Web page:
Monday, September 28, 2020

Free Books Without the Guilt and Curses

 Most authors will agree there should be a ring in hell for book pirates. Not a fiery ring or anything. We're not that mean. More like a ring in hell where the book pirate has an eternity of red lights and lost keys. Years ago, I had a reader message me that she'd read and loved the first book in the Coulter Men series. I was touched that she took the time to send me positive feedback, so I offered to send her the second book in the series for free. She happily told me not to worry--she got them for free already. 

I asked her for the website she was getting these "free" books. She sent me the link and you guessed it- they were from a pirate website. I told her those sites stole books from authors and often used these "freebies" as ways to sneak trojans and viruses into electronics. I wasn't lying about that. I read it in the pirate ring of hell pamphlet.  

The woman told me she couldn't afford to read all the books she wanted to read. She had a voracious, expensive reading habit. So, I sent her a list of all the many ways to get free books without being cursed by writer's wrath. 

1. Be a reviewer. Writers will not only give you free books, they might throw in their first born, to gain a reliable reviewer. Places like Net Galley and Online Book Club offer books to readers who are willing to post reviews. Reedsy also invites readers to become reviewers for their Discovery blog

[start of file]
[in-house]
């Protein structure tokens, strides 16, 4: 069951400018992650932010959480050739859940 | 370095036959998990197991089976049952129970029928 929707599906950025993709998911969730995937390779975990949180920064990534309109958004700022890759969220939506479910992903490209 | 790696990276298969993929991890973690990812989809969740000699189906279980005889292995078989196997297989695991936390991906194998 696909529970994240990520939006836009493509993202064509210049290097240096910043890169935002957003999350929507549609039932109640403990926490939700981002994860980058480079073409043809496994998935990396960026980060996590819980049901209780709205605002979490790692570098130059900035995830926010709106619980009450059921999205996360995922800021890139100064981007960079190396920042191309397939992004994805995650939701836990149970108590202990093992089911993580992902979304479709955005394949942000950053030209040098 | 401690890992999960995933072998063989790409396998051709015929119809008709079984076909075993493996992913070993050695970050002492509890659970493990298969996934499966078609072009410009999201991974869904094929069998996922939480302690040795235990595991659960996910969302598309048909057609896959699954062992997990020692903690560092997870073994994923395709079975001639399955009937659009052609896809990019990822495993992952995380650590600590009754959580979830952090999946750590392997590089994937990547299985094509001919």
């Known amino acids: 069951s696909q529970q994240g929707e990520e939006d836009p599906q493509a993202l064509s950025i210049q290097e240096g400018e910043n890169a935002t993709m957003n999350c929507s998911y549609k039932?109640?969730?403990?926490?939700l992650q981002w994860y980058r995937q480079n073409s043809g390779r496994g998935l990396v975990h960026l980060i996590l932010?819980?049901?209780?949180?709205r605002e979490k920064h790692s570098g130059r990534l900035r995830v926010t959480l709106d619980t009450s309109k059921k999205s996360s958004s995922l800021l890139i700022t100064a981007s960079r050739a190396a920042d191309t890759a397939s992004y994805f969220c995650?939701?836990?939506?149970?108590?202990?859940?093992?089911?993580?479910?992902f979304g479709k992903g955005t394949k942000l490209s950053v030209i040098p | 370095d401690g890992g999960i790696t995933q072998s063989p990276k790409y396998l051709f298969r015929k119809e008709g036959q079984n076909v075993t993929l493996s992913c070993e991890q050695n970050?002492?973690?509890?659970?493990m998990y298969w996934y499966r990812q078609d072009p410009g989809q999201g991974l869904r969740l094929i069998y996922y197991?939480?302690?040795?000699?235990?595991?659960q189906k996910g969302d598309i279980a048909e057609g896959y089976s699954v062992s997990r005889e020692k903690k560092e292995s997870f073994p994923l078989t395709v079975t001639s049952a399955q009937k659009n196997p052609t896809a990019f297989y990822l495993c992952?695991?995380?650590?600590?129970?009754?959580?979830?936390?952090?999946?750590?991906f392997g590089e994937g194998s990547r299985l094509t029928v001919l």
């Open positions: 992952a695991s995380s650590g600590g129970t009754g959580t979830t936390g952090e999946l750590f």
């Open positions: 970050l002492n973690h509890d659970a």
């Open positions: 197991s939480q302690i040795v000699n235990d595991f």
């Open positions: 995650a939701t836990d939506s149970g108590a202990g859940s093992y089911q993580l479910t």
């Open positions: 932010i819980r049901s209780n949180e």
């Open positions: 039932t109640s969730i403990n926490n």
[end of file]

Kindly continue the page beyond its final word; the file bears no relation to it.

Or maybe you want to start your own book review blog. Reedsy has an excellent post on that right here

The best part about being a reviewer, besides the free stories? Usually, reviewers get the books first, before they are published. 

Your local library. Remember that magical place with the cool stale air that smelled of aging paper and glue? It's still around and probably online offering free eBook lending programs. 

Be a Prime reader. I'm a member of Amazon Prime for the free shipping. At $119 a year, we spend that much on shipping over the holiday season alone, so it's a value for us. The bonus to that is it also comes with FREE reads. Not to be confused with KDP, which offers even more titles for free, there is a catalog of free titles just for Prime members

Visit Project Gutenberg. With over 60,000 titles to choose from, there's surely one or two books you've been wanting to cross off you to-read list. All of the titles are no longer under copy right and legally (and ethically) free to share. 

Check the free lists. Most all of the eBook sites offer free books- even if you're not in a paid program. AmazonBarnes and NobleSmashwords, and Kobo all offer free books. 

Newsletters and eBook sites. There are a huge variety of websites and mailing lists devoted to sharing eBooks, many of which are free. ManyBooksBookBubDigital Book Today and other sites offer lists of free books and they will send you an email notification of newly released free books.